May Day Jack In The Green

Hutton surmises this work with a number of provocative and insightful observations, for example that the notion of a distinctive ‘Celtic’ ritual year with four festivals at the quarter days and an opening at Samhain, is a scholastic construction of the eighteenth and nineteenth centuries which should now be considerably revised or even abandoned altogether.
Whilst the debt to a medieval, magical Catholicism seems to be growing apparent in my reading of serious studies of the origin of neo-pagan traditions, Hutton’s final words over the changing Christian influence upon the traditional festivals of the year are revelatory.
He establishes that soon as the system of salvation through ritual was scrapped at the Reformation, the merry making began to be regarded as a liability by the social and religious elites….thus the
evolution of a religious ideology …(had) produced a society imbued with a general taste for ceremony and acted as a means to endorsement of secular festivity.
In other words, Merry England was inspired by the fires of hell

Finally that ‘the rhythms of the British year are timeless and impose certain patterns on the calendar customs’, to celebrate spring, to make merry in summer and draw close at fall, despite government and mass media atomization of community, seems a fair conclusion.
Overall this book suggests to me that whilst certain traditions may not have an established ancient provenance, nevertheless because people are increasingly applying such meanings to the seasons cycles as an inherent pagan response to nature itself, we may now be seeing a further reversal of the community oriented neglect of seasonal festivals and a resurgence of a more nature based community oriented society at large.

Not a book for the exclusively poetic or mythologically minded, but if read in the objective manner with which it is presented, this book provides a wealth of insight and understanding into the seasonal festivities as they have evolved in these British Isles and the influence they bear on modern pagan perspectives, Recommended.


Happy Reading,  
Celestial Elf ~

On Wicca and the Christian Heritage: Ritual, sex and magic.


Five Star Book Review;
Joanne Overend’s
Wicca and the Christian Heritage: Ritual, sex and magic.

Warning, this is a very academic work steeped in a breathtaking complexity of reference and cross reference that launches the reader into an unexpected examination of the conflicts between the Christian Churches..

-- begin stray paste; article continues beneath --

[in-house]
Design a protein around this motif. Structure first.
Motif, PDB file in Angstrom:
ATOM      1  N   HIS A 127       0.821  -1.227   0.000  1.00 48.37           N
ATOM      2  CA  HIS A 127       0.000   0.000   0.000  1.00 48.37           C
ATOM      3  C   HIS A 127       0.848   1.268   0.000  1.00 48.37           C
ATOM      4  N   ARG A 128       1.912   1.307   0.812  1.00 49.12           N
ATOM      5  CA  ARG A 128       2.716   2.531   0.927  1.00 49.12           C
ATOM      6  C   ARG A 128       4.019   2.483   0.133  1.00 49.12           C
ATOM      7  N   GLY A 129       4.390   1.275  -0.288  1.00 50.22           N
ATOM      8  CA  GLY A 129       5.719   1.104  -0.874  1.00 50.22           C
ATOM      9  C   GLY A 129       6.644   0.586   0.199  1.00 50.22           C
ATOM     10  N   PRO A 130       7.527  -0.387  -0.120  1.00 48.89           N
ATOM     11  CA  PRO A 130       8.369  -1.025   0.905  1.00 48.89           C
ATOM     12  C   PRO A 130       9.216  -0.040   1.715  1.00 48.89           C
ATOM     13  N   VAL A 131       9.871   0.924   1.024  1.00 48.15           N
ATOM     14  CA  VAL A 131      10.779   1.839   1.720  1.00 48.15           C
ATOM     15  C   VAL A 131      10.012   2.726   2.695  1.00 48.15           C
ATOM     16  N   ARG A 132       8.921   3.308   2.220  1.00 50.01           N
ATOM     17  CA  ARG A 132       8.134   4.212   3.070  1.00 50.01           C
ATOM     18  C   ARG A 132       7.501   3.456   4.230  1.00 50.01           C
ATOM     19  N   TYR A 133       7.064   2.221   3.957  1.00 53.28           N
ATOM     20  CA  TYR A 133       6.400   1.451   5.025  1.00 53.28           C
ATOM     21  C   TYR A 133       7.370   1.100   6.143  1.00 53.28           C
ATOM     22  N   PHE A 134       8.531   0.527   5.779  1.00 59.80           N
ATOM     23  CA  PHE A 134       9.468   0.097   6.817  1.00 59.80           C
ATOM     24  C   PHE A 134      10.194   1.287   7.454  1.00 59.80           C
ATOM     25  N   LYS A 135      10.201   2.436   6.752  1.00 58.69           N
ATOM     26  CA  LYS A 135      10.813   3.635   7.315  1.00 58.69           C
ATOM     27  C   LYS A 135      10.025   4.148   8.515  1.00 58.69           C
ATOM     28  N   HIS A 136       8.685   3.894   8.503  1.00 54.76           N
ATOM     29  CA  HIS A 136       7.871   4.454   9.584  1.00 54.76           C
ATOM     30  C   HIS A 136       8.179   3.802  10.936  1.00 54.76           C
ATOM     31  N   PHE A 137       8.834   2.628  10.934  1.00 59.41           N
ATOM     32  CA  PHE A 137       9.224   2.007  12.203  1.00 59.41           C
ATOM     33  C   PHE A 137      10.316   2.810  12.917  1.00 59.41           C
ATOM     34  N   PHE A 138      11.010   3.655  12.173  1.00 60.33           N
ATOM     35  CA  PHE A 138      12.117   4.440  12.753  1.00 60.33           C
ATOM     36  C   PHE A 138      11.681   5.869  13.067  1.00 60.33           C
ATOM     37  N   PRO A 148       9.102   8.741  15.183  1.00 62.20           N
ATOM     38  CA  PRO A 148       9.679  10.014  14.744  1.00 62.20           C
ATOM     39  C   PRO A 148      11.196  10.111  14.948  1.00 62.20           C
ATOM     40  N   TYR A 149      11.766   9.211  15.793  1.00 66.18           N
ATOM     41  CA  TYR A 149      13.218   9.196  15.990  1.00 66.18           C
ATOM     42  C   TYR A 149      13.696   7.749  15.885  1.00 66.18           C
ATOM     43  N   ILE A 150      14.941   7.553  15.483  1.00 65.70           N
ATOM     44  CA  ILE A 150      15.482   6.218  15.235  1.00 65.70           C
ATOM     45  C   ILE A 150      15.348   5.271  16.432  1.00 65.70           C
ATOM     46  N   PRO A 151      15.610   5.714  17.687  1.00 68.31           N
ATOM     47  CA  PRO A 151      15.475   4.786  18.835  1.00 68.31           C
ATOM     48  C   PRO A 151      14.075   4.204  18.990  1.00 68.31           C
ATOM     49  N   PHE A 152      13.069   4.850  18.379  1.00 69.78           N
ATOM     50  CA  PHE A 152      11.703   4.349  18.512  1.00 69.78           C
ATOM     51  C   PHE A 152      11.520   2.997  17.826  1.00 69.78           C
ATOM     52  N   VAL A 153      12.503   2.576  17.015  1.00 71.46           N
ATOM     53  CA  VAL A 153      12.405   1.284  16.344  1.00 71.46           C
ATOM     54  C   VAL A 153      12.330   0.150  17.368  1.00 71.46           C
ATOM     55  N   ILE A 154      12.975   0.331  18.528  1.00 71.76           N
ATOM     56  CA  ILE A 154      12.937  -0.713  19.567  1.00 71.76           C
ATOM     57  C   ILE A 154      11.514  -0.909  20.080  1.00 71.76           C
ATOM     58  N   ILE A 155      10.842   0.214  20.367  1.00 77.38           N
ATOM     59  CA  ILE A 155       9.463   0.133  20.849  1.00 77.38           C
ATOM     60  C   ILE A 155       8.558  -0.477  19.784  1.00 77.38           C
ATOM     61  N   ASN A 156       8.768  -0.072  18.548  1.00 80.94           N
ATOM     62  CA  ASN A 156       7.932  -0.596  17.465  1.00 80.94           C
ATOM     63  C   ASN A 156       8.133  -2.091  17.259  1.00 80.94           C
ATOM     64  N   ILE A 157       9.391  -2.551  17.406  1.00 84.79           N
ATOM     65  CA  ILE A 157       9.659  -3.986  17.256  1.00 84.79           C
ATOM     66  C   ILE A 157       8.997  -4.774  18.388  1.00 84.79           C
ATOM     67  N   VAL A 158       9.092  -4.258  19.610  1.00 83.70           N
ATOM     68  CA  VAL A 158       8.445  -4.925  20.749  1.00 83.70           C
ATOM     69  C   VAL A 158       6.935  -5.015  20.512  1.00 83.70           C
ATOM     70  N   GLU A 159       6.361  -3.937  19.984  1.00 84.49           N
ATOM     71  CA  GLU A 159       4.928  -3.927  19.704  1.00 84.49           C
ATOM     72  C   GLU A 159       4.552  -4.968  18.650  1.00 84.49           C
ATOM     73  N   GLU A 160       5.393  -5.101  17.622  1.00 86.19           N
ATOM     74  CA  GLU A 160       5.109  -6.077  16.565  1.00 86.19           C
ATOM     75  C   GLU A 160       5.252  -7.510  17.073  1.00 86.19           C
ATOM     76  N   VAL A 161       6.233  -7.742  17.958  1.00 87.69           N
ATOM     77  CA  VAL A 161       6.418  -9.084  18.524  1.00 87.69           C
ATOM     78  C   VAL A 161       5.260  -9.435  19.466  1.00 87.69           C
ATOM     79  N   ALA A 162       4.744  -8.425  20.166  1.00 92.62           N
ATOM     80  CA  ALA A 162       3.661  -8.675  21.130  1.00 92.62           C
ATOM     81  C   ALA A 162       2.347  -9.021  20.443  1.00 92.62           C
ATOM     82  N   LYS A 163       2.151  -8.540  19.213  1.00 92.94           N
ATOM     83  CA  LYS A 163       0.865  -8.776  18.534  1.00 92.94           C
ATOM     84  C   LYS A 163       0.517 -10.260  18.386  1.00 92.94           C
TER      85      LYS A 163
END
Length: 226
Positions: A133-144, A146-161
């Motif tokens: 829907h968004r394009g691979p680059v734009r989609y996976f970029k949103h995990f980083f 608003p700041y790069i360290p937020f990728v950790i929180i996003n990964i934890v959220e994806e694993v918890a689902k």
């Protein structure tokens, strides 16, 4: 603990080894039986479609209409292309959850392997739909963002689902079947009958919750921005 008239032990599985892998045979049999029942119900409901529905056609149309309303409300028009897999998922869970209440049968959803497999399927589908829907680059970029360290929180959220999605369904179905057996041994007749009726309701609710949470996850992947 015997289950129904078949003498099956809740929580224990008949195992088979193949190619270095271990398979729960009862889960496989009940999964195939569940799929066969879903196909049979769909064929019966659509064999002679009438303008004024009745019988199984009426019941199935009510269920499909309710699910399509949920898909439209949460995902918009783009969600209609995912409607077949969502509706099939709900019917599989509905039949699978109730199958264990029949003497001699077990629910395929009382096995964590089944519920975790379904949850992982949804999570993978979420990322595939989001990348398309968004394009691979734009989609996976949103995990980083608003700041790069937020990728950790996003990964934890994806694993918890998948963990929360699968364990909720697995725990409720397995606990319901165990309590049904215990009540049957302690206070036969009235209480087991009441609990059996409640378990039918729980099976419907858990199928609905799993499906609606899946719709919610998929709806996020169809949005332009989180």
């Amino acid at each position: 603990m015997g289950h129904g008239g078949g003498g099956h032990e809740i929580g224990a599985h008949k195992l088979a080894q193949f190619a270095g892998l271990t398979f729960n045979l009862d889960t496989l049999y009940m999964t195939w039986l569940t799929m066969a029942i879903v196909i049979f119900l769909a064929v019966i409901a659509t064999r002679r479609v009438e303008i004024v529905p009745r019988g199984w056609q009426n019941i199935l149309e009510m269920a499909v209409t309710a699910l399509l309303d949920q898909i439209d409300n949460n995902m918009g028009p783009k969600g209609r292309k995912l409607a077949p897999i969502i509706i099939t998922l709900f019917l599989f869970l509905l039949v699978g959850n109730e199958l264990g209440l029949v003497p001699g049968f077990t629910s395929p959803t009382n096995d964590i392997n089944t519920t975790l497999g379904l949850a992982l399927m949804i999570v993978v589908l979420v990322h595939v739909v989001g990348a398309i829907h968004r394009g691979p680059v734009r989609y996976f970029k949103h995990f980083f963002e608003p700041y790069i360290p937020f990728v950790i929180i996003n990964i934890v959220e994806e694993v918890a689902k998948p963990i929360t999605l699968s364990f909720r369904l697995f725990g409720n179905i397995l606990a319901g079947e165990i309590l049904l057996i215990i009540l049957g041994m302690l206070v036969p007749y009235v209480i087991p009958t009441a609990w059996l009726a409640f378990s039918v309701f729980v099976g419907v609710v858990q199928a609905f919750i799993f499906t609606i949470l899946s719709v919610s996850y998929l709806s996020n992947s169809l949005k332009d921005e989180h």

However, quickly (in an academic sort of way) the text becomes imbued with the intrigue and mystery of the ‘episcopanes vagantes’ or wandering Bishops, as in a ripping-yarn-like-account they set about creating offshoots and unauthorized new lines of religious movements and churches.

The ensuing revealed history is fascinating as it presents the developments of their heterodox churches with increasingly less attachment to either the Protestant or the Catholic churches, the former regarding the latter as practitioners in witchery via their priest-craft of mass and transubstantiation etc, the Anglican church’s endeavors to assert an apostasy direct from ancient Jerusalem via Joseph of Arimathea’s mission to Glastonbury thus sidestepping the subsequent Papal Creed and Catholic church of Rome in favor of a more natural form of Christianity….

The author then examines in some detail the definition of Ritual and its meanings within the old Catholic tradition, the new Anglican church (with its claim to older traditions than the Catholic), the Catholic v Protestant dichotomy between Ritual as The Spiritual Experience which transforms lives v Protestant prioritization of Understanding as the primary factor of a spiritual life.
Against this background, the new Wiccan claims to be ”The” ‘Old’ Religion, their founders Christian associations, that for example Crowley was brought up among Brethren, that Gardeners involvement with Spiritualist churches, the interest in The Golden Dawn and the Rosicrucians, as well as claimed descent from the even older ones of Egyptian mystery religions, sets the pathway to consider Wicca in terms of its defining aspects of ritual and practice.
Ritual is revealingly portrayed across the diversity of traditions in addition to a thoughtful, non salacious handling of the aspect of sexual control, rebellion and practice across the diverse traditions.

Specifically the comparison of the Catholic medieval condemnation of witchcraft (comprised of unorthodox and elderly single women, herbalists, Jewish and other culturally excluded people and groups) the later comparison by Protestants of Catholics themselves with this same group based on their magical rituals, and the subsequent development of Wiccans and others who practice various forms of ritual, along with the lines of inception by which the latter have come to create their new/old traditions is fascinating.

Strongly Recommended for any who wish to ‘Understand’ the origins of the new/old traditions of Wicca and Paganism, but not essential for those who prioritize experiential spirituality over cognitive reconciliation.